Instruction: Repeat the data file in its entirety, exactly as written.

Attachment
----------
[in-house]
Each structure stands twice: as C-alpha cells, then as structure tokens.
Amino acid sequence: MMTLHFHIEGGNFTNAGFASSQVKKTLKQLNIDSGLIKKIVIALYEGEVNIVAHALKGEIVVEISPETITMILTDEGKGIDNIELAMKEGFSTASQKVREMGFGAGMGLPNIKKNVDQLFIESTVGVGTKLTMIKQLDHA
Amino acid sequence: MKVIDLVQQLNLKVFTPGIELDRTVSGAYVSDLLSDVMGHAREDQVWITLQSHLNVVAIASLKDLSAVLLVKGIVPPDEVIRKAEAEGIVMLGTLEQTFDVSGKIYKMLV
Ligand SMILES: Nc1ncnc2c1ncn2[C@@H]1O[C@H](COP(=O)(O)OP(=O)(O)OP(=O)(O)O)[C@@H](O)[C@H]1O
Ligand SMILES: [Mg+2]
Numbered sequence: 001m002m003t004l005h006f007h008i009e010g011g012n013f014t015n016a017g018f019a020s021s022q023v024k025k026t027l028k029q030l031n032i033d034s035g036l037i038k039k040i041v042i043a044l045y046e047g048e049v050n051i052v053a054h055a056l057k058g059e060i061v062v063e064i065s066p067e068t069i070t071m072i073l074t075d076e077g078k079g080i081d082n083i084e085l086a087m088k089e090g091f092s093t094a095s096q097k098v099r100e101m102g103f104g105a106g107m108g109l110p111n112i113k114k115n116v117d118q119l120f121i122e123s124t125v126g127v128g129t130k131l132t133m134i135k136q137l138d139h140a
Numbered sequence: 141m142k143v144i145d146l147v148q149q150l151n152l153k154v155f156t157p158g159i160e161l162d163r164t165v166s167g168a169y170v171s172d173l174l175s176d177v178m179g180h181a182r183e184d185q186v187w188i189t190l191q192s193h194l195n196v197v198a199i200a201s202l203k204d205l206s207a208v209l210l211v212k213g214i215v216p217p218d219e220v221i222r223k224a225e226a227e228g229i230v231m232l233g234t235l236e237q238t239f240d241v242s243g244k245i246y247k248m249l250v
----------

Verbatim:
[in-house]
Each structure stands twice: as C-alpha cells, then as structure tokens.
Amino acid sequence: MMTLHFHIEGGNFTNAGFASSQVKKTLKQLNIDSGLIKKIVIALYEGEVNIVAHALKGEIVVEISPETITMILTDEGKGIDNIELAMKEGFSTASQKVREMGFGAGMGLPNIKKNVDQLFIESTVGVGTKLTMIKQLDHA
Amino acid sequence: MKVIDLVQQLNLKVFTPGIELDRTVSGAYVSDLLSDVMGHAREDQVWITLQSHLNVVAIASLKDLSAVLLVKGIVPPDEVIRKAEAEGIVMLGTLEQTFDVSGKIYKMLV
Ligand SMILES: Nc1ncnc2c1ncn2[C@@H]1O[C@H](COP(=O)(O)OP(=O)(O)OP(=O)(O)O)[C@@H](O)[C@H]1O
Ligand SMILES: [Mg+2]
Numbered sequence: 001m002m003t004l005h006f007h008i009e010g011g012n013f014t015n016a017g018f019a020s021s022q023v024k025k026t027l028k029q030l031n032i033d034s035g036l037i038k039k040i041v042i043a044l045y046e047g048e049v050n051i052v053a054h055a056l057k058g059e060i061v062v063e064i065s066p067e068t069i070t071m072i073l074t075d076e077g078k079g080i081d082n083i084e085l086a087m088k089e090g091f092s093t094a095s096q097k098v099r100e101m102g103f104g105a106g107m108g109l110p111n112i113k114k115n116v117d118q119l120f121i122e123s124t125v126g127v128g129t130k131l132t133m134i135k136q137l138d139h140a
Numbered sequence: 141m142k143v144i145d146l147v148q149q150l151n152l153k154v155f156t157p158g159i160e161l162d163r164t165v166s167g168a169y170v171s172d173l174l175s176d177v178m179g180h181a182r183e184d185q186v187w188i189t190l191q192s193h194l195n196v197v198a199i200a201s202l203k204d205l206s207a208v209l210l211v212k213g214i215v216p217p218d219e220v221i222r223k224a225e226a227e228g229i230v231m232l233g234t235l236e237q238t239f240d241v242s243g244k245i246y247k248m249l250v